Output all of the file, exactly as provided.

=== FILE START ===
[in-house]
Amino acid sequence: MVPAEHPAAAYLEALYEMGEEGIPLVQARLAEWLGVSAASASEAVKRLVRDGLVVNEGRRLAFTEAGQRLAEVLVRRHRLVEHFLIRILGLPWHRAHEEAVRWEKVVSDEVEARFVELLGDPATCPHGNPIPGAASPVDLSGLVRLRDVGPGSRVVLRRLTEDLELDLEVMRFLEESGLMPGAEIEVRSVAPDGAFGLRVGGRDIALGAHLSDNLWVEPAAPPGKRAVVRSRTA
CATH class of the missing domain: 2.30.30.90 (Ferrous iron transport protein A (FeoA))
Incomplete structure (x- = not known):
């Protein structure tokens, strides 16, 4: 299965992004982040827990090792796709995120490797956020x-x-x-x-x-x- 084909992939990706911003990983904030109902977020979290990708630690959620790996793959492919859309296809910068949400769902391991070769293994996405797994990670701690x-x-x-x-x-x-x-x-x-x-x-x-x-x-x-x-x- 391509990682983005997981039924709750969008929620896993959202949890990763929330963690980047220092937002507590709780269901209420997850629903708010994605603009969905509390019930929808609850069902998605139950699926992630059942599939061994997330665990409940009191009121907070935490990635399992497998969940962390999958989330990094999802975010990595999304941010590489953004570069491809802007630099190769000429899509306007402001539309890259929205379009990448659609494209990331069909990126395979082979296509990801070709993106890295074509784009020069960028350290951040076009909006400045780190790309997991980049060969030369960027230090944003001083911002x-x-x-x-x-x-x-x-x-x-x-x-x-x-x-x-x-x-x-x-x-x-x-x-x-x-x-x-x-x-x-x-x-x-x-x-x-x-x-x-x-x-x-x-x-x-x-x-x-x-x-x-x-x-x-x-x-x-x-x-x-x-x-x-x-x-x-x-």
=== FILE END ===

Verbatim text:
[in-house]
Amino acid sequence: MVPAEHPAAAYLEALYEMGEEGIPLVQARLAEWLGVSAASASEAVKRLVRDGLVVNEGRRLAFTEAGQRLAEVLVRRHRLVEHFLIRILGLPWHRAHEEAVRWEKVVSDEVEARFVELLGDPATCPHGNPIPGAASPVDLSGLVRLRDVGPGSRVVLRRLTEDLELDLEVMRFLEESGLMPGAEIEVRSVAPDGAFGLRVGGRDIALGAHLSDNLWVEPAAPPGKRAVVRSRTA
CATH class of the missing domain: 2.30.30.90 (Ferrous iron transport protein A (FeoA))
Incomplete structure (x- = not known):
């Protein structure tokens, strides 16, 4: 299965992004982040827990090792796709995120490797956020x-x-x-x-x-x- 084909992939990706911003990983904030109902977020979290990708630690959620790996793959492919859309296809910068949400769902391991070769293994996405797994990670701690x-x-x-x-x-x-x-x-x-x-x-x-x-x-x-x-x- 391509990682983005997981039924709750969008929620896993959202949890990763929330963690980047220092937002507590709780269901209420997850629903708010994605603009969905509390019930929808609850069902998605139950699926992630059942599939061994997330665990409940009191009121907070935490990635399992497998969940962390999958989330990094999802975010990595999304941010590489953004570069491809802007630099190769000429899509306007402001539309890259929205379009990448659609494209990331069909990126395979082979296509990801070709993106890295074509784009020069960028350290951040076009909006400045780190790309997991980049060969030369960027230090944003001083911002x-x-x-x-x-x-x-x-x-x-x-x-x-x-x-x-x-x-x-x-x-x-x-x-x-x-x-x-x-x-x-x-x-x-x-x-x-x-x-x-x-x-x-x-x-x-x-x-x-x-x-x-x-x-x-x-x-x-x-x-x-x-x-x-x-x-x-x-």